StrackaLine books have shown up in several arenas past professional golf, including at Niagara Falls Country Club in Lewiston, N.Y., site of the Porter Cup, a prestigious men’s amateur event. Oregon Country Club distributed them at its July member-guest as a tee gift.
For high-handicappers, the best opportunities to shave strokes often come around the greens. Stracka imagines his product replacing a caddie for this sub-group of golfers.
But there’s also a learning curve.
“You have your routine … and to change somebody’s routine to incorporate more information, it’s time,” Stracka said. “It’s not just an instantaneous, ‘Oh, here’s a book and I use it and all of sudden, I’m putting better.’ It takes some time to understand the information and know how to use it.”
Roy Edwards, head men’s golf coach at Colorado, introduced StrackaLine books to his players about three years ago. Before that, Edwards had spent previous seasons writing out five to seven slope numbers, with fall lines, for his players. It took a considerable amount of time on his part.
From Edwards’ perspective, having numbers available gives his players ownership of what they’re doing on the course.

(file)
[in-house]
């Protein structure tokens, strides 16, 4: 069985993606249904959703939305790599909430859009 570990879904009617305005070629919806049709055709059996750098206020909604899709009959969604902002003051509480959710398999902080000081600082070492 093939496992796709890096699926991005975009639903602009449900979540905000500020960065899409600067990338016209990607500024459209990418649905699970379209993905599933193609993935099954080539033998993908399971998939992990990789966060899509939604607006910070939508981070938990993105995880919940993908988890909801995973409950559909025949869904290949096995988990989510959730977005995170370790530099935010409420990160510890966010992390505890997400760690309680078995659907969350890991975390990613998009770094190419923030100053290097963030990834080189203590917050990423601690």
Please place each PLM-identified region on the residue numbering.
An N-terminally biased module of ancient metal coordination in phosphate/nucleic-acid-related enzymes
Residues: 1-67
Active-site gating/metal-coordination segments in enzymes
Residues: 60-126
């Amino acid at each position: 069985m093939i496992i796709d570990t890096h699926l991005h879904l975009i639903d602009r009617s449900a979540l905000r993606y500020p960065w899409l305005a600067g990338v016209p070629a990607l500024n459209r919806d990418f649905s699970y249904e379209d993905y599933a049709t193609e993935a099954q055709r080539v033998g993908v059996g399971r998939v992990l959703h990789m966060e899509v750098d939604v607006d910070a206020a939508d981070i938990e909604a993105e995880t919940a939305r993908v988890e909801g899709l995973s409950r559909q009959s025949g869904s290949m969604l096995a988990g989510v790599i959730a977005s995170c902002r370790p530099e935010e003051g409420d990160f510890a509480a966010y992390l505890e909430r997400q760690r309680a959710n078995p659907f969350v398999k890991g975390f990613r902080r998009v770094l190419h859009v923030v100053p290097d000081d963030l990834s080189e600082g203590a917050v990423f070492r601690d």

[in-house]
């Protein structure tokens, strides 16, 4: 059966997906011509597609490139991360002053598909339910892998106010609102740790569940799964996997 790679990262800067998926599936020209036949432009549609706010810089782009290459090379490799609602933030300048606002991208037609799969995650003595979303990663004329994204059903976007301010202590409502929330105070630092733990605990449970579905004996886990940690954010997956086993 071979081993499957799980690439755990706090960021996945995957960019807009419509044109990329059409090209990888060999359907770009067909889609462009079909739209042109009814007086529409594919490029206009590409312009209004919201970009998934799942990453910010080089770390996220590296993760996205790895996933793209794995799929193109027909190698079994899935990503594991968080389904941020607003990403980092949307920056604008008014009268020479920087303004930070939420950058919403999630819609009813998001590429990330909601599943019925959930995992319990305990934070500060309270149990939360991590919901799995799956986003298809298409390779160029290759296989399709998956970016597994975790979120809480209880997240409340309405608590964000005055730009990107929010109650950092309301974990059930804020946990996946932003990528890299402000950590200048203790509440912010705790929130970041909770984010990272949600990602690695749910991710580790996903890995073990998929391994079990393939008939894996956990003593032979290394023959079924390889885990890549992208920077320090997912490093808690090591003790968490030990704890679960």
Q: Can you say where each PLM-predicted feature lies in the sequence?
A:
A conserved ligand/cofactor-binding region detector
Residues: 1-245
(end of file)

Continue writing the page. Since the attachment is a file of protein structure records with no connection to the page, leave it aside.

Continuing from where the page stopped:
“It probably helped us the most in course management, the shot into the green,” he said. “That’s probably been the most valuable part of it, more so than reading the green.”
Edwards has watched some players embrace the extra information more than others, and how to use green-reading books is often a topic of conversation in the offseason. How could players who don’t rely on the books as much use them better in the upcoming season?
“I think it’s helped good putters putt better and I think it’s helped bad putters putt better as well,” Edwards said. “I think it’s been a pretty equal benefit to every player, that’s my experience.”
The final word
As the USGA took into account the feedback received and the overall goal in mind, Winter said a challenge was in not making the traditional yardage book obsolete. It’s a tool golfers have used for decades, and one amateur golfers have come to rely on.
“We were struggling with a way – and this is part of the reason it took us some time to come up with a proposal – to really rein in what we thought was detrimental to the game of golf by eliminating that skill but also not saying to a golfer, 'You can’t look at a book from the fairway to figure out where to hit your approach shot.'”
Therein also lies a common misconception, which often applies to the club golfer.
As for the provision on handwritten notes? It may prevent a situation where one amateur shares a detailed green-reading guide with another, but the USGA’s intention was simply to level the playing field – “to avoid a situation where you would have a player with means being able to have a large group of people … creating sophisticated player notes,” according to Winter.
Indeed, there will be adjustments for players at all levels of the game, but the new interpretation represents a happy medium between having access to helpful information while still preserving a critical part of the game.
“We’re trying to protect that fundamental skill of reading the greens,” said Winter. “That would be the take-home message.”